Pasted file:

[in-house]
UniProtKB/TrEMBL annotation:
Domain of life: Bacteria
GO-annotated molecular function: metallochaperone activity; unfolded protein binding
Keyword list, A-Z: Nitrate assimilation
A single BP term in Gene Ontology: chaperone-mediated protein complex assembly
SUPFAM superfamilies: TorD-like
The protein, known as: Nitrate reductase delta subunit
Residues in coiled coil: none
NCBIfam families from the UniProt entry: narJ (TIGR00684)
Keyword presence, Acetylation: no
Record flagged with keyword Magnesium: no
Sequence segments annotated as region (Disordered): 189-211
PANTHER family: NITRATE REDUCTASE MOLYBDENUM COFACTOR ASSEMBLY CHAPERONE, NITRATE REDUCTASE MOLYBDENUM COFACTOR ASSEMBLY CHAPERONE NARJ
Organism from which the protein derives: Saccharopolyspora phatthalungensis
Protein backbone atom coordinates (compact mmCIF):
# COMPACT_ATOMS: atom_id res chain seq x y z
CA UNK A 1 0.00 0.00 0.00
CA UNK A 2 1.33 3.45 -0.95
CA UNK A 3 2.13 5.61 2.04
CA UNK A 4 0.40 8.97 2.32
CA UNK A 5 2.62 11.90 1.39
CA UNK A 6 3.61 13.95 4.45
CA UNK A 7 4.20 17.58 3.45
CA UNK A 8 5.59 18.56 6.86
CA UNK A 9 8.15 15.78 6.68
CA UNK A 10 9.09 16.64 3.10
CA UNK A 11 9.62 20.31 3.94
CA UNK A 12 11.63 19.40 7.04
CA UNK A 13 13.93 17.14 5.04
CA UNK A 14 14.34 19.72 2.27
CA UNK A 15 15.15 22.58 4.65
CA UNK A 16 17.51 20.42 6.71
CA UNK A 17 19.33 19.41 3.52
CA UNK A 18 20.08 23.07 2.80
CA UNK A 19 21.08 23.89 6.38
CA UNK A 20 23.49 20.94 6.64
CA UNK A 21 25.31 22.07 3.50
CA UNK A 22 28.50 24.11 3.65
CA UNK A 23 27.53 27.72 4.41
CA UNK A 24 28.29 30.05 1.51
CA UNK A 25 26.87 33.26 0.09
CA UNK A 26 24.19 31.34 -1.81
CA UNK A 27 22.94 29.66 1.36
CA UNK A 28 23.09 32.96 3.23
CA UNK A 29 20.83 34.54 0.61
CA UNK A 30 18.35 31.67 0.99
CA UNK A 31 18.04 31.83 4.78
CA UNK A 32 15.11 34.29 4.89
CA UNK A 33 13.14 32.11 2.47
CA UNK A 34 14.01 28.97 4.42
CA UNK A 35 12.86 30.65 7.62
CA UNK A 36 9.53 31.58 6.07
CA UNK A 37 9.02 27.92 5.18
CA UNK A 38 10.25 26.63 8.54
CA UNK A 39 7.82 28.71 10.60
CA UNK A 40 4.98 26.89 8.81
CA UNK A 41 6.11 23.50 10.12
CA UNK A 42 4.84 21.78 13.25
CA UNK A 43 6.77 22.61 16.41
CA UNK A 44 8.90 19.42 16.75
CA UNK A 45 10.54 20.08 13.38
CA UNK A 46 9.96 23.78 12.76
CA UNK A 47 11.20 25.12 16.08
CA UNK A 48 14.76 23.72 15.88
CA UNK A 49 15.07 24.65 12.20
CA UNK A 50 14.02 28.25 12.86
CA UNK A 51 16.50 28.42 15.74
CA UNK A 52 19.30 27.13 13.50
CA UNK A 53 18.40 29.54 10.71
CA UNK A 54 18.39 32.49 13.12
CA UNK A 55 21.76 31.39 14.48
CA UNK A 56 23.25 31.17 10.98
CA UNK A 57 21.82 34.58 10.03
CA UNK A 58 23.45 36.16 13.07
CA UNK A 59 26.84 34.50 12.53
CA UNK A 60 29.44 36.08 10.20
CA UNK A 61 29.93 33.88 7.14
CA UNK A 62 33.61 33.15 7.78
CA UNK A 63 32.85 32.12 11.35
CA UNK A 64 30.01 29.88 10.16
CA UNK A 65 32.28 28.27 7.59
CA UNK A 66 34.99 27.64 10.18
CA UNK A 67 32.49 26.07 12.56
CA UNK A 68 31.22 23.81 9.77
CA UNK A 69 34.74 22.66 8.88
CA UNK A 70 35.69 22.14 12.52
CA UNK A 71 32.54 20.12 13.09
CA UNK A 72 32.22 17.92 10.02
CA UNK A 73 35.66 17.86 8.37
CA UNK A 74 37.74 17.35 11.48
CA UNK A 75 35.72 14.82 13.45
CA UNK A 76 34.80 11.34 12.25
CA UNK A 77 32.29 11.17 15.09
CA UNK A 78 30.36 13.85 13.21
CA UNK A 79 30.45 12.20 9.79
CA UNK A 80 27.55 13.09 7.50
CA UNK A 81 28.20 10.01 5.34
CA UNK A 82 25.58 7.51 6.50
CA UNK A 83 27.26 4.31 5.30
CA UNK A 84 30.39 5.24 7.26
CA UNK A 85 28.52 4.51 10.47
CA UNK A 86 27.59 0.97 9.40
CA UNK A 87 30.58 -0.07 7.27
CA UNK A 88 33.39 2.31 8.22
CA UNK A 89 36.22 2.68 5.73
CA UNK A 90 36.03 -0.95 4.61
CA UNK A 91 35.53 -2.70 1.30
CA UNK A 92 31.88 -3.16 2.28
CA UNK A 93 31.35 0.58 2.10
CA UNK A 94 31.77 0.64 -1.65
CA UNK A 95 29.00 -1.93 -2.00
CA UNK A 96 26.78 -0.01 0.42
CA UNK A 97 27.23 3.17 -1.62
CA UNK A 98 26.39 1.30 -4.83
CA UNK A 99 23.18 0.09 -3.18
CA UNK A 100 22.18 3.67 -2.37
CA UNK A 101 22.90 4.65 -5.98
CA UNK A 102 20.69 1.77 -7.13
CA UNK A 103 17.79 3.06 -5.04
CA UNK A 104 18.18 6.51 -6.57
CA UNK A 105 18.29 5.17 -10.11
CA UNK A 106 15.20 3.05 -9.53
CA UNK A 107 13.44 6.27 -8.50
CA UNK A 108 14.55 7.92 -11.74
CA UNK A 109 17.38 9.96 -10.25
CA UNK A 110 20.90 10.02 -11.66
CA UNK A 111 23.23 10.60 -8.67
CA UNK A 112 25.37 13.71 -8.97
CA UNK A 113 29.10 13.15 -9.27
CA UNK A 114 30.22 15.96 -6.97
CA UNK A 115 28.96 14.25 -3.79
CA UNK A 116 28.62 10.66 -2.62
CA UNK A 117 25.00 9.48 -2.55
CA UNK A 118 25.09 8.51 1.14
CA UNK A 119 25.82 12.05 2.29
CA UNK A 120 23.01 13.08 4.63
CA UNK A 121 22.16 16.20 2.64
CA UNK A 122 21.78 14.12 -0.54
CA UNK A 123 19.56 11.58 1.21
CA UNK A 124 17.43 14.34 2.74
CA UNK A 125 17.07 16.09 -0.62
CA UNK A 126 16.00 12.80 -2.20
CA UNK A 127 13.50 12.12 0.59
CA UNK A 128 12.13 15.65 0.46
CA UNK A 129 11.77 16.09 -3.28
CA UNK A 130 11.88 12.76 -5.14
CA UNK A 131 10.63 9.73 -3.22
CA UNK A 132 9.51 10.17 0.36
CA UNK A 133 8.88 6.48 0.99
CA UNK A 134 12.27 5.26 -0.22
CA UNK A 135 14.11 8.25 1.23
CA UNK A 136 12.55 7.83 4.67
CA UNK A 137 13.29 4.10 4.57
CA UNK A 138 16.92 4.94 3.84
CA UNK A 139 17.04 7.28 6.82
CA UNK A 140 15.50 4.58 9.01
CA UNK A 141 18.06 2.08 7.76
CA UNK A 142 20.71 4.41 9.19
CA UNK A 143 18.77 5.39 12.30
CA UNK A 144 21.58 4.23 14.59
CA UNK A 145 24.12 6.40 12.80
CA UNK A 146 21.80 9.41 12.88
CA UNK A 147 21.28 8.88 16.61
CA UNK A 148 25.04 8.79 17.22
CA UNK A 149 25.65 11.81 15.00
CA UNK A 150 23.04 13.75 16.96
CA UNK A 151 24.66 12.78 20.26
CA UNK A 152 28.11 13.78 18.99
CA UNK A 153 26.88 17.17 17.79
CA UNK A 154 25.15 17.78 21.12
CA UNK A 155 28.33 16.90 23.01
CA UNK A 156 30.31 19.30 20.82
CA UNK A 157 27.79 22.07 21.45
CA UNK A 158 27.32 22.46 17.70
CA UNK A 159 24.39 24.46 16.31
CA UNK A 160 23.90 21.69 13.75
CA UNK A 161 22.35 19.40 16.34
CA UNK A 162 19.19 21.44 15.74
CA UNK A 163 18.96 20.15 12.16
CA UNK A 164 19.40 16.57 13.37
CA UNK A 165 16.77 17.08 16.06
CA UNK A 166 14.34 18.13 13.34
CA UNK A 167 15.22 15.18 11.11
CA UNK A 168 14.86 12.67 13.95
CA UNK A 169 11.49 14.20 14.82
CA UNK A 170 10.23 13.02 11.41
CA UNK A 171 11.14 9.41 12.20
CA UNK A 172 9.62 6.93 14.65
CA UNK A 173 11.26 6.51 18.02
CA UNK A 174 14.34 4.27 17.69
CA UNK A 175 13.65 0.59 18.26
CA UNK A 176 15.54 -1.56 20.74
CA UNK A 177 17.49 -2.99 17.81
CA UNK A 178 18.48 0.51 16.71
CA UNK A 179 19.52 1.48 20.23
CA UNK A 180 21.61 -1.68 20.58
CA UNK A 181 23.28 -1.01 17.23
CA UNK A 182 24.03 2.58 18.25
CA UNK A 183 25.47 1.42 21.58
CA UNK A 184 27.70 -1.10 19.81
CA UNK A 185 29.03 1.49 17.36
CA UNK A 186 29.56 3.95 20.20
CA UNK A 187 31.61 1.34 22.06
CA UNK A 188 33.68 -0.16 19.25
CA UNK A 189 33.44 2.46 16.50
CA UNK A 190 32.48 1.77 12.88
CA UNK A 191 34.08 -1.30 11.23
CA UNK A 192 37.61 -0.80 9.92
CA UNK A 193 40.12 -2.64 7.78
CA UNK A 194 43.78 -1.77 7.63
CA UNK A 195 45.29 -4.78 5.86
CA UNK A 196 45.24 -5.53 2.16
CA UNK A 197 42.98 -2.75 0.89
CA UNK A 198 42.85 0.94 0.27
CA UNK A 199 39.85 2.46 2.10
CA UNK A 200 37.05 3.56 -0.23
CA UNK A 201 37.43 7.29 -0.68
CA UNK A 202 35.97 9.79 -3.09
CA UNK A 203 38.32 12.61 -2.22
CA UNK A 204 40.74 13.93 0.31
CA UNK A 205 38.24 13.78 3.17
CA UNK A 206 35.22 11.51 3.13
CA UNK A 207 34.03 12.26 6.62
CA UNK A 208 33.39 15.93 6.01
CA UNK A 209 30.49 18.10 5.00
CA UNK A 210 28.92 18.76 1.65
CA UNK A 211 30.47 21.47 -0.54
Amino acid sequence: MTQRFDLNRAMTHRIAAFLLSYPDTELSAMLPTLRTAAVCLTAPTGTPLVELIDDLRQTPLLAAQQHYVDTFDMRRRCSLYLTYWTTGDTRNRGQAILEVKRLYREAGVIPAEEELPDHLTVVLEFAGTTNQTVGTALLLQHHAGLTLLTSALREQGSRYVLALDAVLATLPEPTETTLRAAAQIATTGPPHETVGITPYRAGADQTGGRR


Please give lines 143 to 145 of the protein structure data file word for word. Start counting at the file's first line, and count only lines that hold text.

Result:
CA UNK A 126 16.00 12.80 -2.20
CA UNK A 127 13.50 12.12 0.59
CA UNK A 128 12.13 15.65 0.46